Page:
Make Your Whole Life Into A Celebration

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It’s interesting; funerals and celebrations-of-life have much in common, yet they often appear very different. Each is a ceremony; a gathering of people who share a common loss. It’s just that one is more rooted in tradition, while the other is the result of recent changes in social values. But both serve to do three things:

Help the bereaved family, and their community, publicly acknowledge the death of one of their own.

Support the grieving family by surrounding them with caring friends, co-workers, and neighbors.

Move the deceased from one social status to another.

Yet they achieve those things in very different ways. First, let’s take a closer look at what most of us commonly see as very traditional funerals.

The Funeral

It’s not surprising funerals have been around for a very long time. In fact, currently archaeologists cite a Neanderthal burial ritual, performed some 50,000 years ago, as the first known funeral. And while we could look at all the ancient funeral ceremonies, what we’re most concerned about is what was being done in the United States some decades ago; those funeral activities we know as the “traditional” funeral. Composed of three activities, the visitation, the funeral service, and the committal service, performed at the graveside; this funeral is the one we’d easily recognize from contemporary literature and film.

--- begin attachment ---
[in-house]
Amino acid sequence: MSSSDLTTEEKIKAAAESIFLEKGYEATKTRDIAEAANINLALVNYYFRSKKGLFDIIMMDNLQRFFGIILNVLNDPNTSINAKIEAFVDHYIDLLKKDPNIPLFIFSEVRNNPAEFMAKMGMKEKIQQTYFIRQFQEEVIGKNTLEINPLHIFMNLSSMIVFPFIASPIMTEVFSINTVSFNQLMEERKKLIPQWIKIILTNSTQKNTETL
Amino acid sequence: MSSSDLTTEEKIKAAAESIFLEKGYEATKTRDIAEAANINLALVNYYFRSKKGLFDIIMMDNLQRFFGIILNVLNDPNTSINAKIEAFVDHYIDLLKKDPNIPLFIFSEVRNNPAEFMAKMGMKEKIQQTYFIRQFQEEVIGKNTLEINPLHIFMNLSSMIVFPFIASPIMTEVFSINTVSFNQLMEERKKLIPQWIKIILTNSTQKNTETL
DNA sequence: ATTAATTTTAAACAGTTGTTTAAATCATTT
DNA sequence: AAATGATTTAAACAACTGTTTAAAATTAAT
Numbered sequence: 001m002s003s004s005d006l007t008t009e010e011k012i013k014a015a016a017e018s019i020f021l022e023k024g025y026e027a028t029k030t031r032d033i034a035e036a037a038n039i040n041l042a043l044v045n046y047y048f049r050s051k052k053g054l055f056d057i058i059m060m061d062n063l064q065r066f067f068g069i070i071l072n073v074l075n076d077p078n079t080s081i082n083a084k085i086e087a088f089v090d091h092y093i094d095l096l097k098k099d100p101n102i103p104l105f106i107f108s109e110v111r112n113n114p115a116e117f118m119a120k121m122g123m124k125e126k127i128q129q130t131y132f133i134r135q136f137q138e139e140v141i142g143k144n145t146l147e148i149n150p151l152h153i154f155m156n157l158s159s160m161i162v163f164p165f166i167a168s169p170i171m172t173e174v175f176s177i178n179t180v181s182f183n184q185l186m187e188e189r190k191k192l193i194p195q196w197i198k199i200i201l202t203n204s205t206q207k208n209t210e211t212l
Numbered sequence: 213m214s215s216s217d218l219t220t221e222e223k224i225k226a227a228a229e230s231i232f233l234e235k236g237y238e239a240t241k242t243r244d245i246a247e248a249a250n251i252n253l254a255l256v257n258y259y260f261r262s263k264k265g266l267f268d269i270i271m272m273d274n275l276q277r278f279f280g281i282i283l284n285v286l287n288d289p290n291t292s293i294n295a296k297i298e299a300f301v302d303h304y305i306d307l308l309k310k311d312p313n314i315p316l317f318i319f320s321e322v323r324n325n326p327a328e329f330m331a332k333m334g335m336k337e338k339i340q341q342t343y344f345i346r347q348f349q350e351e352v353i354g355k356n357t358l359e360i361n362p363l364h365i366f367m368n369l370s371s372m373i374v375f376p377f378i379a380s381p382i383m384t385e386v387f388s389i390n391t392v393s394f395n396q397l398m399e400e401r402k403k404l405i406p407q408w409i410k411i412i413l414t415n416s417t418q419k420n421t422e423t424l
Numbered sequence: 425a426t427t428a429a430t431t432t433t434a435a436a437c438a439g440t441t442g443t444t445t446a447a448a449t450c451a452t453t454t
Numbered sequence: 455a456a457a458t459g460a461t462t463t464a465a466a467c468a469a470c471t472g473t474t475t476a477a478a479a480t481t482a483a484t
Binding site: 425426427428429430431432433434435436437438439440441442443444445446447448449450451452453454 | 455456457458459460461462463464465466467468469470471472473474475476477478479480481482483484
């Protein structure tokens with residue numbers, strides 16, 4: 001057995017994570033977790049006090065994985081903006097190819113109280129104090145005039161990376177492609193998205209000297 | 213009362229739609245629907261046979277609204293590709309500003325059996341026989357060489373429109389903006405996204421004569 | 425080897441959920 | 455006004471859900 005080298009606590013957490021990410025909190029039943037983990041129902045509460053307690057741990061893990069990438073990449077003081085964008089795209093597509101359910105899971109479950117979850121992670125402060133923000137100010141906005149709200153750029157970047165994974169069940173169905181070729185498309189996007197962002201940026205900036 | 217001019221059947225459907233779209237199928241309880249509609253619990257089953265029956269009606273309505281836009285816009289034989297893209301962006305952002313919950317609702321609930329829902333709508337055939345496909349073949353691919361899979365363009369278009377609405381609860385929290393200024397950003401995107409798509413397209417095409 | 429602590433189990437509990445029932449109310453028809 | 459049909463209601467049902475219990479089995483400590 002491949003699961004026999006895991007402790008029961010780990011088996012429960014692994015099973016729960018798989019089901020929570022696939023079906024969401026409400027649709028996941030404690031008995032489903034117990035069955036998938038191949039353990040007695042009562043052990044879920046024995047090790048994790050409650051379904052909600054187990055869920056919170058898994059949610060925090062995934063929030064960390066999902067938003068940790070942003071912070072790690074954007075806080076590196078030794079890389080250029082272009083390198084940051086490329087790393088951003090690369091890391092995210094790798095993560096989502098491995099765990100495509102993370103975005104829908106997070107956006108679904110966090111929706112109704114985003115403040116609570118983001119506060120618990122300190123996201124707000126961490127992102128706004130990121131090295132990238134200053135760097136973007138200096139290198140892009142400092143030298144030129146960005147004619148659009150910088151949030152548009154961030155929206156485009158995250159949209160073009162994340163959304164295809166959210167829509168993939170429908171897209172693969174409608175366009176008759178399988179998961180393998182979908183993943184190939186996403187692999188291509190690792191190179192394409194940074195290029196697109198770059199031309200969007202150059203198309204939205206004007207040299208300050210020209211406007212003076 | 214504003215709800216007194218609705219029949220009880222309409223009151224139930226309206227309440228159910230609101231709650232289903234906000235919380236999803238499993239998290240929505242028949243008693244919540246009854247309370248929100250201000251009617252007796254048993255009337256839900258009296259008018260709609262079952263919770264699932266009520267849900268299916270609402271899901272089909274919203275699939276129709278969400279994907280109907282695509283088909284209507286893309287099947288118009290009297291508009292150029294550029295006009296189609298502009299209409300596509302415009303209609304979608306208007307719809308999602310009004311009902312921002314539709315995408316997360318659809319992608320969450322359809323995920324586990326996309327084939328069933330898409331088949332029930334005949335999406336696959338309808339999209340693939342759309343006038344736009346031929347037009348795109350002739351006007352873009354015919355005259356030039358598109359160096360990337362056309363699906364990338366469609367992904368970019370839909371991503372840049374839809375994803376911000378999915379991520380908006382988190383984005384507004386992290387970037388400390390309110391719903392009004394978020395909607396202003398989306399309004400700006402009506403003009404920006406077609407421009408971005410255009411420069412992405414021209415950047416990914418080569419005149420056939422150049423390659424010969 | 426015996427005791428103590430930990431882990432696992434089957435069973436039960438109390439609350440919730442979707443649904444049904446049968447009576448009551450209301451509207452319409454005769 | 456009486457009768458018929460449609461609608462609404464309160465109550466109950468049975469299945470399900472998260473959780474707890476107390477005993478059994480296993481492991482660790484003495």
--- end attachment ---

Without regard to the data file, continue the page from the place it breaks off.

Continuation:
The Visitation: Held prior to the funeral, often the night before but sometimes on the same day, the visitation (or viewing) is a time when people come to support the family and, more importantly, pay their respects to the deceased. This often involves stepping up to the casket to view the body; either in the company of a member of the surviving family or on your own.

The Funeral Service: Commonly held in the funeral home or church, the traditional funeral service is led by an officiant of one kind or another; most commonly a pastor or the funeral director. This individual follows a very predictable funeral order of service which includes the singing of hymns; and invocations, Bible recitations, Scripture readings, and prayers led by the officiant.